“When I got sober at 24, my biggest fear was that I’m never going to have fun again,” Stevens told me in a phone call. Stevens started drinking nonalcoholic beer early in his sobriety, mainly as a way to fit in at work functions. “Everyone orders an alcoholic drink and you order a Diet Coke, and there’s this moment where everyone looks at you and wonders, ‘Is it okay for me to drink in front of this person?’ Ultimately, I hope we can give people in these kinds of social situations a choice that they’re excited about drinking, and that signals to everyone [that they are] there to fully participate in the night.”
Stevens, who founded WellBeing in St. Louis in 2016, uses the vacuum boil method to make his Heavenly Body Golden Wheat and Hellraiser Dark Amber, available in limited retail locations and by mail order.
Brandes, founder and head brewer at Bravus, tried his first nonalcoholic beer in October 2015, when a sober friend brought two cases along on a vacation in Mexico. As Brandes tells it, “I tried it and spit it right out, and I said to him, ‘You used to love craft beer, don’t you have an NA IPA, or NA stout?’ and he said, ‘No, man, this is all I can get.’ I said, ‘I’m going to try to fix this for you. I’m going to get you an NA IPA.’ Little did I know how difficult that was to actually accomplish.”
[More bars are booting corporate beer from their taps and doubling down on craft]
Brandes paired with a home brewing microbiologist, set up a mini-brewery in his garage in Laguna Beach, Calif., and developed a proprietary process he describes rather cryptically as “a traditional beer, but we figured out how to sort of manipulate yeast in the process to not produce a lot of ethanol.” He brewed his first batches in December 2015 and started testing out his beer on friends, family and in a small bar in Laguna Beach. Today, Bravus stocks an India pale ale (IPA) and just released an oatmeal stout, both available in retail locations around Los Angeles and by mail order. A “CaliforN/A Amber” will ship in a few months.
Nonalcoholic beers by Bravus and WellBeing. (Deb Lindsey/For The Washington Post)
I ordered all four beers in production at both Bravus and WellBeing, and as they arrived, I tasted them, on their own and with food. The WellBeing Heavenly Body Golden Wheat arrived first, and it immediately became my favorite NA beer, by far the best I’d ever had. The Bravus IPA arrived a few days later, and even though I’ve never been a big fan of IPA’s strong hop flavor, I became a convert. It is clean and crisp, with no hint of the bitter, skunky cardboard flavors that doom so many NA beers. Later that week, I paired the Bravus IPA with some really spicy Indian food and fell even more in love.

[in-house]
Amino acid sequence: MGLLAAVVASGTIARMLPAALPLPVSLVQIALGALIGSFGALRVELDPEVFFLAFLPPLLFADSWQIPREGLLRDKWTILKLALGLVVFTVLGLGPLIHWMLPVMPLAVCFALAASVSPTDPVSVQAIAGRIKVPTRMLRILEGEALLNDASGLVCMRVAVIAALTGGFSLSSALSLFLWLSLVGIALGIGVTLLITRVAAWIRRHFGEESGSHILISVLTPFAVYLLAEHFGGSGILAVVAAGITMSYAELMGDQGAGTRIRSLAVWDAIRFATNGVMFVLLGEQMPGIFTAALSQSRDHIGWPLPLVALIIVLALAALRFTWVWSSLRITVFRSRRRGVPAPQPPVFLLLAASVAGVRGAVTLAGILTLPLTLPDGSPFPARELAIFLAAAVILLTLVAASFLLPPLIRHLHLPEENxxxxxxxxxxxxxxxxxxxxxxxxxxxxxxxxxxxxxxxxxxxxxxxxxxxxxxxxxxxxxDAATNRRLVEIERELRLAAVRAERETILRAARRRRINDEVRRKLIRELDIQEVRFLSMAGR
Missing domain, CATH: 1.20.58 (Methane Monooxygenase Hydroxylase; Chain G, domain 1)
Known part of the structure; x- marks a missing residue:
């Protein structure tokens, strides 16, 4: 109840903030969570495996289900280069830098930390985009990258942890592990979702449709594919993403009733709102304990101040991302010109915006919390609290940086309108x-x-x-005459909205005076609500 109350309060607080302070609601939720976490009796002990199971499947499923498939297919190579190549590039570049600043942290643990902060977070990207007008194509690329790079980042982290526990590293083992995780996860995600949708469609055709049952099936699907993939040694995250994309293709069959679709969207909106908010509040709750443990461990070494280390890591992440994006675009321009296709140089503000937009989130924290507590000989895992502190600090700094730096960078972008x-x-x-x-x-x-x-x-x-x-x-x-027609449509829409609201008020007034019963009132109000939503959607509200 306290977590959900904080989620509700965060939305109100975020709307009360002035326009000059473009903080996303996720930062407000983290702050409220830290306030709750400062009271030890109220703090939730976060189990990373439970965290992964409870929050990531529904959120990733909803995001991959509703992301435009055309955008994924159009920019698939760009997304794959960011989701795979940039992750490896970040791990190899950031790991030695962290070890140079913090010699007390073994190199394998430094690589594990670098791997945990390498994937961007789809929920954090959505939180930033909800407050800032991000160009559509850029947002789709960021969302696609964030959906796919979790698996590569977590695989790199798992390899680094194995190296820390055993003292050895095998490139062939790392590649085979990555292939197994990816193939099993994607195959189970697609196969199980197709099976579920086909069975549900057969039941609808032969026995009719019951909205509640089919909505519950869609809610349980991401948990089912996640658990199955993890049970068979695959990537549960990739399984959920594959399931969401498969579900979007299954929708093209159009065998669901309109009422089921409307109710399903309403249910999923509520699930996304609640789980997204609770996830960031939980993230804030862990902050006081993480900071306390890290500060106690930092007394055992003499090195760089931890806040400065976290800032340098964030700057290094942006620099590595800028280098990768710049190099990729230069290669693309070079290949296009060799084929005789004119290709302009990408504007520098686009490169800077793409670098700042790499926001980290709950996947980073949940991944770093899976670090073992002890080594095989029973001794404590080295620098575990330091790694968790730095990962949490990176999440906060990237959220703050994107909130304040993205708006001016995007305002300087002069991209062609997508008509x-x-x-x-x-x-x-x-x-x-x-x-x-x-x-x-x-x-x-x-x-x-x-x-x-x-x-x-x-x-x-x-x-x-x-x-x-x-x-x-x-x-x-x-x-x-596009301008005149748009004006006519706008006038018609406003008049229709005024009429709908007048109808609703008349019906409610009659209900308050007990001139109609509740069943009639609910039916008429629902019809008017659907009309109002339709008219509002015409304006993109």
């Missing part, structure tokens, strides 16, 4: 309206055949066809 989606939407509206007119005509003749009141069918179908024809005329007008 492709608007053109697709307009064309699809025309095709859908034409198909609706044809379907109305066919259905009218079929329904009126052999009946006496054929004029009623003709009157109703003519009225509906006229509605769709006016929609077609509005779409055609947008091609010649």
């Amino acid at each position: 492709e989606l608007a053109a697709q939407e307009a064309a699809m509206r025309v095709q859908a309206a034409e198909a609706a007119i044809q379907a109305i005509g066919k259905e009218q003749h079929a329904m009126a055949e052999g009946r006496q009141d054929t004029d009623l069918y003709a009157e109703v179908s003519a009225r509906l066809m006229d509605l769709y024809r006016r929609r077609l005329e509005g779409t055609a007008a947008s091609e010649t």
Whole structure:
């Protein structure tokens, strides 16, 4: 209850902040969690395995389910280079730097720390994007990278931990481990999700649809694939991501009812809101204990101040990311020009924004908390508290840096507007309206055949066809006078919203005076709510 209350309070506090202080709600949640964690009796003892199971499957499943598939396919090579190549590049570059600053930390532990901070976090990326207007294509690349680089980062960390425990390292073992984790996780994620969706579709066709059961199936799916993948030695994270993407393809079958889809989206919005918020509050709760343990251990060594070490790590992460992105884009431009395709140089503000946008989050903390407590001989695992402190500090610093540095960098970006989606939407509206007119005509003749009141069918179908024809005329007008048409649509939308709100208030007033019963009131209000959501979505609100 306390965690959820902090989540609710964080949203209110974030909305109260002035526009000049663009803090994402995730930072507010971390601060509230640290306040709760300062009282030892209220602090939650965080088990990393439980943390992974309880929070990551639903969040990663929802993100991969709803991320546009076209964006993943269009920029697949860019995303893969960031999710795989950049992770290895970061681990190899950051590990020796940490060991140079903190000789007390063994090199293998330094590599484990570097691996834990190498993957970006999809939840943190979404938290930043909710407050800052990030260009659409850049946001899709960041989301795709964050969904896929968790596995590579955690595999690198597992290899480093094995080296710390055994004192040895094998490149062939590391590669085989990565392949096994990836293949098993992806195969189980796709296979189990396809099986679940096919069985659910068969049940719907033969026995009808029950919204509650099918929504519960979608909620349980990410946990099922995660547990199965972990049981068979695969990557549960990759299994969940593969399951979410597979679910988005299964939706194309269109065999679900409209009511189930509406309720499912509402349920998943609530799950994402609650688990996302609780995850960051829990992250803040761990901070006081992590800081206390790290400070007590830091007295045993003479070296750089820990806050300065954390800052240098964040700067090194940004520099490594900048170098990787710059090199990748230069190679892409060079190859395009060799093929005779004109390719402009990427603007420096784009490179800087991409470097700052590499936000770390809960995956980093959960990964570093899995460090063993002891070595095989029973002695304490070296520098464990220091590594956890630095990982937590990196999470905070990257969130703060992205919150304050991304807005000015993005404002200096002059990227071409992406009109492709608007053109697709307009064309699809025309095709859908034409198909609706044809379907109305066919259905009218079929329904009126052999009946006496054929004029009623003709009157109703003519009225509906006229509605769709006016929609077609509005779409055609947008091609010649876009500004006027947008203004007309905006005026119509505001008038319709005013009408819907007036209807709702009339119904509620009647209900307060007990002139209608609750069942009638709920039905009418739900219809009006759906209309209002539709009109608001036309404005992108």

I was excited when the Hellraiser arrived, as I hoped it would conjure memories of the cool English beer cellars and warm summer nights of my 20s. Although Hellraiser is far and away the best NA dark amber ale I’ve tried, it did not stand up to the quality of the Heavenly Wheat or Bravus IPA. Its initial nutty promise quickly dissipated into a flat, watery brew with a slightly bitter aftertaste.
[Craft breweries roll out their dankest beers for 4/20]
The final beer to arrive on my doorstep was Bravus Oatmeal Stout, and it was nothing short of a revelation. Even my husband, a longtime Guinness and Samuel Smith Oatmeal Stout fan, blinked, smiled and proclaimed it “fantastic, the best nonalcoholic beer I’ve ever had.” I had to agree, and I think I’d be hard-pressed to distinguish it from a traditional, alcoholic oatmeal stout.
I can’t wait to share these beers with my father. We stopped eating hot dogs a long time ago, and he sold his motorcycle in the early ’90s, but we still have lunch together as often as we can, usually accompanied by a nonalcoholic beer. I don’t know if he drinks it for his own reasons, or to support me, but I don’t really care. I’m just grateful I still get to have them both.
Lahey is the author of the forthcoming “The Addiction Inoculation: Raising Addiction-Resistant Children in a Culture of Dependence.”
This post originally appeared on The Washington Post.